Additional regulatory filings in the next few weeks could give insight into just how competitive the sale process was. William Blair analysts said they don’t expect a competing bidder “given the organic investments already being pursued at other leading CDMOs and the breadth and scale of Catalent’s operations.”

The Blair analysts also noted the companies likely “expect to spend some time educating relevant government agencies” about the deal, given the lengthy closing timeline. Given Novo Nordisk’s ascent — it’s now one of Europe’s most valuable companies — paired with the limited number of large contract manufacturers, antitrust regulators could be interested in taking a close look.

Are Catalent’s problems finally a thing of the past?

Catalent ran into a mix of financial and operational problems over the past year that played no small part in attracting the interest of an activist like Elliott.

Now with a deal in place, how quickly can Novo rectify those problems? Some of the challenges were driven by the demands of being a publicly traded company, like failing to meet investors’ revenue expectations or even filing earnings reports on time.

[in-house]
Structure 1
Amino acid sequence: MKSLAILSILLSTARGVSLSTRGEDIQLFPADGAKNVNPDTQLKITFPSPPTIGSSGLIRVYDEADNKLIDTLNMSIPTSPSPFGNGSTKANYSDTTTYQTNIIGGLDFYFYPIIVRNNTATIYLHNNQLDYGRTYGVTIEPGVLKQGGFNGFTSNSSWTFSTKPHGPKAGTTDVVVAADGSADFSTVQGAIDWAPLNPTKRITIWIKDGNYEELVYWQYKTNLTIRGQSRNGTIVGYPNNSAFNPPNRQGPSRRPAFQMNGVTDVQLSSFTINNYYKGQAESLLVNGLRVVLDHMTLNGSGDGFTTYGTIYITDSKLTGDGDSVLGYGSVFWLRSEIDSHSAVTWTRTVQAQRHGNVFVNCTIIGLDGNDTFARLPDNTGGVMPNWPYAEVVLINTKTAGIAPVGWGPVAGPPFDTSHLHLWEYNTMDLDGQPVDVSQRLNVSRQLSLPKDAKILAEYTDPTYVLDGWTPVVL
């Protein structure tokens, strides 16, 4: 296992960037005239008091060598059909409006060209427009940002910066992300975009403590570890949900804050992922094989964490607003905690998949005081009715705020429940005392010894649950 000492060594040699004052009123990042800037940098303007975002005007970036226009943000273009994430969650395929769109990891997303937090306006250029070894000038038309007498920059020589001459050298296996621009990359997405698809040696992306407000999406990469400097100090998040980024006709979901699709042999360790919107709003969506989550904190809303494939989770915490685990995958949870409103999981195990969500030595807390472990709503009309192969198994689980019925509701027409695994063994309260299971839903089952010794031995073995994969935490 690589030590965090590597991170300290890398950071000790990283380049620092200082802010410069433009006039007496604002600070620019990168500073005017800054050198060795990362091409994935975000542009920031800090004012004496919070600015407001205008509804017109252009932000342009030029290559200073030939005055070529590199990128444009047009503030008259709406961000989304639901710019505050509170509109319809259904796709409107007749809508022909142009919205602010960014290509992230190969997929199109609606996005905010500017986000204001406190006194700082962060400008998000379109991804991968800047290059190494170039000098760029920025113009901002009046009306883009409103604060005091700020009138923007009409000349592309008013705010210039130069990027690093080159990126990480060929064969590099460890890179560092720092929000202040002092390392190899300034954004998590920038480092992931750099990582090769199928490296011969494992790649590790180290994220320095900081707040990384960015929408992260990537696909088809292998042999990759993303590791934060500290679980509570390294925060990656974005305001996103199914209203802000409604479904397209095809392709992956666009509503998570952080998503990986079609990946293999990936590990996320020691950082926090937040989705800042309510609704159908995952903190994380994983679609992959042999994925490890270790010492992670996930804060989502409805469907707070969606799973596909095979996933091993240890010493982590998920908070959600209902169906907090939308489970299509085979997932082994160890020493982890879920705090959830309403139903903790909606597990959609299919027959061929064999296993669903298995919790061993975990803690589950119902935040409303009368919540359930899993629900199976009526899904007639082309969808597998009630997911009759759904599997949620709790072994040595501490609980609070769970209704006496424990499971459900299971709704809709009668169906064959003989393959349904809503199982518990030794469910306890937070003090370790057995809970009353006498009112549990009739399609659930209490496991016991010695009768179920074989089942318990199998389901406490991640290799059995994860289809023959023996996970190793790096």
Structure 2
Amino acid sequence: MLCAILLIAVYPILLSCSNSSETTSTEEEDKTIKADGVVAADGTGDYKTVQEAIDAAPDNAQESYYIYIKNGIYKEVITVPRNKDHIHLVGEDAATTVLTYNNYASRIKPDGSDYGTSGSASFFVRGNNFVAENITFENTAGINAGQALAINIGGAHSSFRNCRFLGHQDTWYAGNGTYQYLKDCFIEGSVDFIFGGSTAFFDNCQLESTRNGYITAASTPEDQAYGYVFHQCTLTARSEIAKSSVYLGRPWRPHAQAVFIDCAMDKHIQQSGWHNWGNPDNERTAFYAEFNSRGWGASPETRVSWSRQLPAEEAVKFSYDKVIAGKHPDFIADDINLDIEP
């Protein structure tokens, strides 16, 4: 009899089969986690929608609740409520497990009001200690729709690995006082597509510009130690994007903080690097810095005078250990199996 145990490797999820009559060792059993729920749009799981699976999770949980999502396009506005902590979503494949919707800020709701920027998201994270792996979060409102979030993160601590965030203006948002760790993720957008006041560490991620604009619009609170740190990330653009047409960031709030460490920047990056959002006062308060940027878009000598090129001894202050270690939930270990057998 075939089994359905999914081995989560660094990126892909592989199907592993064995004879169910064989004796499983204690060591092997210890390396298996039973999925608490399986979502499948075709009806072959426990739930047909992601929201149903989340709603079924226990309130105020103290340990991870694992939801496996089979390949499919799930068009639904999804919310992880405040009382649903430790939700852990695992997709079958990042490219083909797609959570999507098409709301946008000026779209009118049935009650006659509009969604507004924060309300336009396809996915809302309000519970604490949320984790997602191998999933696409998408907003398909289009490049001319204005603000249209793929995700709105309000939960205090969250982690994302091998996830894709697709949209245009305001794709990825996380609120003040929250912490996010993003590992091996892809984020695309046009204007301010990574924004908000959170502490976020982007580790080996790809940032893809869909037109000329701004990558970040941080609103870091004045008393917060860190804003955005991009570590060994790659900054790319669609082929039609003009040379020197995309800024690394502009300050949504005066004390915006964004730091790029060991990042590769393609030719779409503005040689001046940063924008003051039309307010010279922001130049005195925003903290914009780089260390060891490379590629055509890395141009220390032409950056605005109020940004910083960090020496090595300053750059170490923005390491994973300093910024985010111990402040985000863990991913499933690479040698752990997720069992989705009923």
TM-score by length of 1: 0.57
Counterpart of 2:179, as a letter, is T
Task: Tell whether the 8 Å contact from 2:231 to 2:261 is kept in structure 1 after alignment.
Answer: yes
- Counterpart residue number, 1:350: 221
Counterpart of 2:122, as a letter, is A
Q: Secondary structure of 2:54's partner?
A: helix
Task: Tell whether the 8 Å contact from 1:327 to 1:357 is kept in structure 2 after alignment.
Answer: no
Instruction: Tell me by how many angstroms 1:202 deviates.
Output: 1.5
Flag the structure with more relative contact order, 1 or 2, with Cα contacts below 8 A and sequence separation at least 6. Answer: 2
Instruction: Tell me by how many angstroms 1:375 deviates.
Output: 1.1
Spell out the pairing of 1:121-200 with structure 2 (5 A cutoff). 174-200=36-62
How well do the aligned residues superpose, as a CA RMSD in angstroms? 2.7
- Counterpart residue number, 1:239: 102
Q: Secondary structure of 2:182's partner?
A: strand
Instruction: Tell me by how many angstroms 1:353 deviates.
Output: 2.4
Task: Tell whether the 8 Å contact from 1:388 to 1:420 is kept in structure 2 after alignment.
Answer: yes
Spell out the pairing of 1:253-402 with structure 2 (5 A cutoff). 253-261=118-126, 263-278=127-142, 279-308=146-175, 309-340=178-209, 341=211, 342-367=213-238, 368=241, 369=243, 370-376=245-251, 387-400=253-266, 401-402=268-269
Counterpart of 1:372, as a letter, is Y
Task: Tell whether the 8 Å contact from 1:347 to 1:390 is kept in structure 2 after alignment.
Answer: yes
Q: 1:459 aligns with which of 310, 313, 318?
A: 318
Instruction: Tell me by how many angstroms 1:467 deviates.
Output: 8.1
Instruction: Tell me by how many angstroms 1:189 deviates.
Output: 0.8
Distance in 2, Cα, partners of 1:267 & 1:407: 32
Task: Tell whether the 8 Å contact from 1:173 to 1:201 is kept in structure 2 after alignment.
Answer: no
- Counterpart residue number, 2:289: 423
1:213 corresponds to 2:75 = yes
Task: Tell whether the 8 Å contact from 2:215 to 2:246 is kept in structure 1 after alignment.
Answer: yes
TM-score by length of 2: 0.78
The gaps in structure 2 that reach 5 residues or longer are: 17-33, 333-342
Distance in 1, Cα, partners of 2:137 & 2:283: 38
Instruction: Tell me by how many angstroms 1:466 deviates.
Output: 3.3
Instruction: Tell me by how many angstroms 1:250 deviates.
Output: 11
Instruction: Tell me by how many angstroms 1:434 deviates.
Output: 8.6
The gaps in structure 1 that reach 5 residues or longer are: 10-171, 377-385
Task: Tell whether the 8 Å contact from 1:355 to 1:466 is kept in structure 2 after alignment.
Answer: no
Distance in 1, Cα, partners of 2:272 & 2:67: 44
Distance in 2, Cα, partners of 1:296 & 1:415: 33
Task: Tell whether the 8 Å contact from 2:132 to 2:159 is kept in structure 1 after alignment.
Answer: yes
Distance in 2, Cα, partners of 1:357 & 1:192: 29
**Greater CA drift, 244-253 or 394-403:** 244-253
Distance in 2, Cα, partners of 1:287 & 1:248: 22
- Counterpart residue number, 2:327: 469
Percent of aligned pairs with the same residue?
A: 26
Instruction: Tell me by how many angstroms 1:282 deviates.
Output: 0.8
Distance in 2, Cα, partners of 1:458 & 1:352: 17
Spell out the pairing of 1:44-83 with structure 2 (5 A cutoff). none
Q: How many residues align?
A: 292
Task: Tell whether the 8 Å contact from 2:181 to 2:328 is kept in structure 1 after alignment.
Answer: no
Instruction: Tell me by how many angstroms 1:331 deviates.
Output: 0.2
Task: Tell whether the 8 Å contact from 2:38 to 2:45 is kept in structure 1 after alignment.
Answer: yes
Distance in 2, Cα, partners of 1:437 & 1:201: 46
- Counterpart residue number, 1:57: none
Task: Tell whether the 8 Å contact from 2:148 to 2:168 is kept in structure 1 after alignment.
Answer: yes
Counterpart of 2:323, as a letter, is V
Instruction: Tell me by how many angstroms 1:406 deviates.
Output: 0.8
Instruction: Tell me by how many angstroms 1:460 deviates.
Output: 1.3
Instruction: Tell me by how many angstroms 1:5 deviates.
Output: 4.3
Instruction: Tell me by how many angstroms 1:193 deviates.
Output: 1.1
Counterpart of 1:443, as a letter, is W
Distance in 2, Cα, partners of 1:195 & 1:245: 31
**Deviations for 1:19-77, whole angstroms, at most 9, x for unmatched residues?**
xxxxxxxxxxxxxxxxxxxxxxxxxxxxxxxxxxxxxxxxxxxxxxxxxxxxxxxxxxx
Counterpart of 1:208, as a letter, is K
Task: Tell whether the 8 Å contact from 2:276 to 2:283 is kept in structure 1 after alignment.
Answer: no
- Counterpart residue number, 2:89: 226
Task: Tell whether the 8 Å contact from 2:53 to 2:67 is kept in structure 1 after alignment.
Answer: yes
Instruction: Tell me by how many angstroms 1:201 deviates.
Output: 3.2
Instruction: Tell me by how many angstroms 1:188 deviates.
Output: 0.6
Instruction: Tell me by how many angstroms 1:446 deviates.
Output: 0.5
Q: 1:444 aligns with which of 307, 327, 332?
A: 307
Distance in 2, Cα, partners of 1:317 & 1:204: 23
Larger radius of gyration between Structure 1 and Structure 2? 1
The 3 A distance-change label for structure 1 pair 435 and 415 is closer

But Catalent also struggled with its business at times, with a range of manufacturing delays, inspection reports and occasionally writing down acquisitions that didn’t pan out. Novo’s deep pockets will go a long way to a turnaround, but only the future will tell if all these issues are fixed.

Kutay said his team is excited by the opportunity and was satisfied with the due diligence it did on the company.

“We believe we’re buying a strong company with a good management team and good prospects,” Kutay said. “If that wasn’t the case, I don’t think we’d be here.”

Amber Tong and Reynald Castañeda contributed reporting.

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Petrina Kamya, Ph.D., Head of AI Platforms at Insilico Medicine, presents at BIO CEO & Investor Conference

Petrina Kamya, PhD, Head of AI Platforms and President of Insilico Medicine Canada, will present at the BIO CEO & Investor Conference happening Feb….